I followed the Steps, but My Cut Hydrangeas are Wilting, Help!
Even if you follow the steps above word for word, you could still run into your cut flowers wilting. Don't panic, we have the solution! As soon as you notice they're wilting, you can submerge the flower heads into a "bath" of water. Leave the flowers dunked in the water for about 45 minutes. After the 45 minutes are up, you should repeat some of the care steps listed above, like:
- Recut the stems at an angle.
- Place the stems into boiling water for 30 seconds.
- Immediately place your cuttings back into a vase of fresh, room temperature water.
You will see your flowers revive and look brand new in just a few short hours. It is crucial to know that they will not live for much longer, but you should expect them to stay alive for another 1 to 5 days. You can also mist the blossoms once a day to help keep them moist and happy.
How Do I Dry My Cut Hydrangea Flowers?
Have you ever wanted to enjoy your beautiful hydrangea flowers long after the bloom? Well, we have just the solution, and that is drying the flowers. Hydrangea flowers are extremely easy to preserve and take little to no effort to do so! These flowers take about 2 to 3 weeks to dry and can last upwards of a year.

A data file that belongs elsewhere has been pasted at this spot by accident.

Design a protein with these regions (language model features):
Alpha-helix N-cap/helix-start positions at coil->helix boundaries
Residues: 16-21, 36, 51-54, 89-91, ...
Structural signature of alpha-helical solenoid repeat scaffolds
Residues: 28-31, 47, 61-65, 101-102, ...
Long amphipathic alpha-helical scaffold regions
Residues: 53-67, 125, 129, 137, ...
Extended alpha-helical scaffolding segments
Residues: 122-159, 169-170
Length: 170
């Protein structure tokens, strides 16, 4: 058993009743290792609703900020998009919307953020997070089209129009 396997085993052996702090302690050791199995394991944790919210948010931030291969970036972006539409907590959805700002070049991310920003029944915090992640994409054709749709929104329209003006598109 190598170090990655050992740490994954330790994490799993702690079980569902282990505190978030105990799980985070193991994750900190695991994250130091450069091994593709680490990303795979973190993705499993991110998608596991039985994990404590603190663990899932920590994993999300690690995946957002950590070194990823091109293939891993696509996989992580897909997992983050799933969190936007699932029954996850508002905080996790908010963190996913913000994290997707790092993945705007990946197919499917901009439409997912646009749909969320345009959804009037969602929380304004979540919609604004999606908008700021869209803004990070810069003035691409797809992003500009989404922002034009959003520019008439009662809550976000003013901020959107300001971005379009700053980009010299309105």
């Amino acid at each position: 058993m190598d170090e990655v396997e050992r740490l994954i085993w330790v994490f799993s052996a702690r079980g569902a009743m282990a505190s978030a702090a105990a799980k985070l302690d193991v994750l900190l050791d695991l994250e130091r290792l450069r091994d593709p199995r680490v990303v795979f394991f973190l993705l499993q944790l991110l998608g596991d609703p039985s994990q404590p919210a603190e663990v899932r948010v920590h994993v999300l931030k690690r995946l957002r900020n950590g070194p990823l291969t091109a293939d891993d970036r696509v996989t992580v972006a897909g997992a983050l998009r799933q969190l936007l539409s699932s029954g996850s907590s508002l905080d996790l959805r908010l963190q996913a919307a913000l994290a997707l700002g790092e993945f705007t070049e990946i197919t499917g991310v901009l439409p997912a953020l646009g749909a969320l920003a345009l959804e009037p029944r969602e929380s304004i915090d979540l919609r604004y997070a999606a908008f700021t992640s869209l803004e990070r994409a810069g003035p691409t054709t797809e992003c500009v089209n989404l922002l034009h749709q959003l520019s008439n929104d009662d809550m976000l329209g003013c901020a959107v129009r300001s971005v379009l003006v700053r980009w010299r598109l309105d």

There are several ways to preserve hydrangea flowers, but we will show you how to do so by the water-drying method. In our opinion, this is the easiest and most effective method because it helps retain the color of the flowers and lasts the longest.
What You Will Need
Pruning shears or sharp scissors
Mature and healthy hydrangea flowers
Step-by-Step: Drying Hydrangea Flowers
- Prep Your Flowers: Allow your flowers to dry out slowly; it is crucial not to speed this process up. Allowing the flowers to desiccate slowly will help them retain their shape and, most importantly, their color.
- Make the Cut: Use a clean and sharp pair of pruning shears to cut the stems at an angle. Be sure to make the stems between 12 and 18 inches long. Once you have made the cut, remove all the leaves from the stem.
- Place the Cutting in Water: Have a vase ready with water filled about halfway up and place the cutting in the vase. Always make sure the cutting is kept in a cool spot out of any direct sunlight.
- Allow for Natural Evaporation: This process will take about 2 to 3 weeks to complete, and in that time, do not add any more water to the vase. Once your flowers are dry to the touch and the stem can snap off, they are ready to use.
- Use for Decoration: There are an endless amount of ways to display your beautiful dried hydrangeas. You can keep them in a vase as a dried floral arraignment. You can also clip off the stems and use the flowers as additives to seasonal wreaths. If you are getting married in the fall, around the time you would be drying your flowers, you can use the dried hydrangea blossoms as a modern twist to a typical wedding floral arrangement.